My Presbyterian congregation has a policy that says once a pastor has been with us at least five years, he or she is eligible for a sabbatical.
Which is why, if you show up to worship with us before Aug. 14 you won't get to hear our senior pastor, the Rev. Dr. Paul T. Rock, preach. His sabbatical began earlier this month.
Although as a journalist I never got a sabbatical over more 40-plus years of full-time employment for newspapers, I not only don't begrudge Paul his time off, I celebrate the fact that he gets it and I hope other faith communities will find ways to provide refreshment and restoration for their own clergy.
The closest journalists get to a sabbatical is to become a Nieman fellow under the Nieman Foundation for Journalism program at Harvard University. In fact, my former Kansas City Star colleague Jeneé Osterheldt has just been selected as part of the Nieman class of 2017. Good for her.
Although journalists often have stressful jobs (I wrote a daily column -- well, five days a week -- for 27 years), it's a different kind of stress than that experienced by priests, rabbis, pastors, imams and other religious leaders. We journalists, after all, don't usually imagine that what we say and do may have an eternal effect on people.
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By contrast, people ordained to parish ministry are required to interpret scripture to congregants. They must guide people spiritually and help them find the road back to faith when faith smashes up on the rocks of post-modernity. They are asked to be with the sick and dying, give courage to the newly confirmed and newly married and defend the theological positions on which their faith is grounded.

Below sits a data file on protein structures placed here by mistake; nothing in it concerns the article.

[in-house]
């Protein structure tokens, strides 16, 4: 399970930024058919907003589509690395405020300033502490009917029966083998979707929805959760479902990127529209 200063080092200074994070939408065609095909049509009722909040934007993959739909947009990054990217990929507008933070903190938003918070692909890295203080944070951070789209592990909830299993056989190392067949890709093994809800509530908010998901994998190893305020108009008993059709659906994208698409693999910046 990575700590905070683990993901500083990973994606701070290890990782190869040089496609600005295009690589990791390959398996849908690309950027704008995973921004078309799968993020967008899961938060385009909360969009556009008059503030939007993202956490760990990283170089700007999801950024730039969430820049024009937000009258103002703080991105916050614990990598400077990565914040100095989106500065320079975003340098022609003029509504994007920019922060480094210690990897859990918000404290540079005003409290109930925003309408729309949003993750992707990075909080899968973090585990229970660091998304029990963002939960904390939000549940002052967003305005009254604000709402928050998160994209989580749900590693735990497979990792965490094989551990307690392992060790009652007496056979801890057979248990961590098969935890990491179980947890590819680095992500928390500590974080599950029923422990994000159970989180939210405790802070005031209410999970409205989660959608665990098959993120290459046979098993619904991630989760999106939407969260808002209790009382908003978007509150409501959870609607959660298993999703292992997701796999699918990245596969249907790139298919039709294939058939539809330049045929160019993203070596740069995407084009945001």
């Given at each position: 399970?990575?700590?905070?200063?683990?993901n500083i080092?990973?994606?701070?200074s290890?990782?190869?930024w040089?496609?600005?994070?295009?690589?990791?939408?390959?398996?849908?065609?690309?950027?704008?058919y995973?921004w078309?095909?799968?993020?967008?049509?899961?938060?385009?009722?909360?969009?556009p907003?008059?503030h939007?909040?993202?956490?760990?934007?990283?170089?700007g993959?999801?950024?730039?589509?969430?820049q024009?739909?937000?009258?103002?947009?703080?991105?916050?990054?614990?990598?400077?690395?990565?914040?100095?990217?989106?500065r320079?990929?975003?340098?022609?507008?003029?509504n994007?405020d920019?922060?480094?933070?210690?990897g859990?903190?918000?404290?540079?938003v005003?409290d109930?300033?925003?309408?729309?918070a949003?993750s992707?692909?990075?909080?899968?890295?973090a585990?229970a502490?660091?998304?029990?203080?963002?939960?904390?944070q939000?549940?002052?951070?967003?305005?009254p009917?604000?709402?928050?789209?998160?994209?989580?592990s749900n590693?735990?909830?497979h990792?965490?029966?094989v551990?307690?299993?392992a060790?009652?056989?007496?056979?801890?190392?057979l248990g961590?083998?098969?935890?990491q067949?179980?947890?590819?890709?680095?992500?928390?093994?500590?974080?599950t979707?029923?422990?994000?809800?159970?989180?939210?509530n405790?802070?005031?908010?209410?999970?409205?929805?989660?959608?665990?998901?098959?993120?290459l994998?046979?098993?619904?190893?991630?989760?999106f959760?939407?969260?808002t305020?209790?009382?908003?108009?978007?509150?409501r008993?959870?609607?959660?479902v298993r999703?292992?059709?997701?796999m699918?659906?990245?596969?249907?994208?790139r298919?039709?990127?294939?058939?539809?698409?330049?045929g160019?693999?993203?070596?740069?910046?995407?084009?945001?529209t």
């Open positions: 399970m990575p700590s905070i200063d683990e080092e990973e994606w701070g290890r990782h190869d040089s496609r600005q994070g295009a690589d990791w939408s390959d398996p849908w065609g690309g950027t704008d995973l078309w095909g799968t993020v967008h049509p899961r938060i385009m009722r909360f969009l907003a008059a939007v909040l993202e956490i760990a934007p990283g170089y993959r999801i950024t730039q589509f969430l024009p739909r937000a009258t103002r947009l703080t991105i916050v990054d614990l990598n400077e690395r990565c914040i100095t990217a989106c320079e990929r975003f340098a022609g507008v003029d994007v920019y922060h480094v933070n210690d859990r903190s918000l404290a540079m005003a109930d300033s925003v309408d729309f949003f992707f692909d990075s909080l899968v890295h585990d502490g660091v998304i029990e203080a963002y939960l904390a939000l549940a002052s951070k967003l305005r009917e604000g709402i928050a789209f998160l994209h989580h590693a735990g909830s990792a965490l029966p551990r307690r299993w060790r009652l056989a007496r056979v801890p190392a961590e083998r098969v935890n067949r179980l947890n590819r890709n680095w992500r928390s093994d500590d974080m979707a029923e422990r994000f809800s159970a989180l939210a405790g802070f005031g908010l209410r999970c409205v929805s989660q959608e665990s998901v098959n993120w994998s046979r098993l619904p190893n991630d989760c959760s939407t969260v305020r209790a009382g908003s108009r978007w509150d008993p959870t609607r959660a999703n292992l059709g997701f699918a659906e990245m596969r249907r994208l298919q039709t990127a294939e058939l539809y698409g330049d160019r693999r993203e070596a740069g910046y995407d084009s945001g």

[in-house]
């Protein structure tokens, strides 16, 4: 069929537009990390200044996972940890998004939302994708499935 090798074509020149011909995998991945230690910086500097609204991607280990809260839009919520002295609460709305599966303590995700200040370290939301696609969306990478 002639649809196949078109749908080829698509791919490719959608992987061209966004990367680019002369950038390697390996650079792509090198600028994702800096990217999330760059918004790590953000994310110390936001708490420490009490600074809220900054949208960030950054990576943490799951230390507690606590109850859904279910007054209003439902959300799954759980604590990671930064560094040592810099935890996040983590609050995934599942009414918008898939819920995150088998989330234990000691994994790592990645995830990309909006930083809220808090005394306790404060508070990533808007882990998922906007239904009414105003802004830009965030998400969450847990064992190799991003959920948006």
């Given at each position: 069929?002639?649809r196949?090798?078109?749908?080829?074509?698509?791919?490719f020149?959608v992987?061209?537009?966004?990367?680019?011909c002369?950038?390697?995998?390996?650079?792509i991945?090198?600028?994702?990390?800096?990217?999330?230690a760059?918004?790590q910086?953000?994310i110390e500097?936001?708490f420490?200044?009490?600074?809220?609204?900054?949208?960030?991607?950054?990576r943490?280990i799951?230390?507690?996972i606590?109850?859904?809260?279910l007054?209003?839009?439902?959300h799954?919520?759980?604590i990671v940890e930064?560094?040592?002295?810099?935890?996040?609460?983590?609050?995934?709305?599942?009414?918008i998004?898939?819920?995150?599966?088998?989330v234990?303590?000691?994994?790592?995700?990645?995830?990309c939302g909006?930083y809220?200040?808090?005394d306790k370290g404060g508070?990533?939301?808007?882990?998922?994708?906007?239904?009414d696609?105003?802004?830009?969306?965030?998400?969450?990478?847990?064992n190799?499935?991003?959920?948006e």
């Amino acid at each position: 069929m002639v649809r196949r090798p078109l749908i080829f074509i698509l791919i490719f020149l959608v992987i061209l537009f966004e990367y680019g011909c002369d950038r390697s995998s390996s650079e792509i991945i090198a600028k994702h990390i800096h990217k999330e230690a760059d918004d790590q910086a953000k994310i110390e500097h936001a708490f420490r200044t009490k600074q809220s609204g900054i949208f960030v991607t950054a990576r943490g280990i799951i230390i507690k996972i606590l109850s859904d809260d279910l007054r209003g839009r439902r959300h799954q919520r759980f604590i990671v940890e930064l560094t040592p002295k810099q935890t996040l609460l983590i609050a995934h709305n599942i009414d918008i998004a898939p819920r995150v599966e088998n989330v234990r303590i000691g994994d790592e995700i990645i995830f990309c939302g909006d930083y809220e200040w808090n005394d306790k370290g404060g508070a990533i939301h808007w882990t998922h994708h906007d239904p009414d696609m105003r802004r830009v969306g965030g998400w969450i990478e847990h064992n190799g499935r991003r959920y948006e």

And I haven't even begun to mention committee meetings, which can be soul-crushing when they end in private parking lot conversations that mostly undermine a congregation's leadership.
I'm aware that there are some sabbatical opportunities for Catholic priests, too, including the sabbatical programs at the North American College in Rome and the Hesburgh Sabbatical Program.
But I also know that given the extraordinary shortage of priests, getting a sabbatical for any reason other than health or some other kind of trouble can be difficult.
In some ways I cannot imagine the unrelenting pressure that some priests must experience given current circumstances. I know a terrific young priest who not long ago was asked to serve not just one but two congregations. He tells me he loves it because it gives him a chance to have his mostly white original congregation become more deeply engaged with a congregation that is made up primarily of African-Americans and Hispanics.
And because such connections are his passion, for now he's running full tilt boogie and feeling good about the path both congregations are taking.
But he's an exception. And if his feverish current pace keeps up a few more years, I can imagine him feeling so drained emotionally and physically that he becomes drained spiritually. And then what good will he be to either congregation?
Yes, it's possible to create mini-sabbaticals -- a weekend here, three days fishing there. But to recharge the intellectual batteries, to build up a new store of ideas for how to be a 21st Century church in a post-Christian age requires more time than that.
I don't know all the details about Paul's sabbatical, but I do know that he had to lay out a plan for how to use the time for restoration. And I know that our church leaders had to sign off on his plan.
So he won't be playing video games for three months. Rather, he'll be filling up his reservoir so that when he returns he will be ready to challenge us in new and important ways to be, as our church motto says, "A people being transformed by Christ to help transform the world."
[Bill Tammeus, a Presbyterian elder and former award-winning Faith columnist for The Kansas City Star, writes the daily "Faith Matters" blog for The Star's Web site and a column for The Presbyterian Outlook. His latest book is Jesus, Pope Francis and a Protestant Walk into a Bar: Lessons for the Christian Church. E-mail him at firstname.lastname@example.org.]
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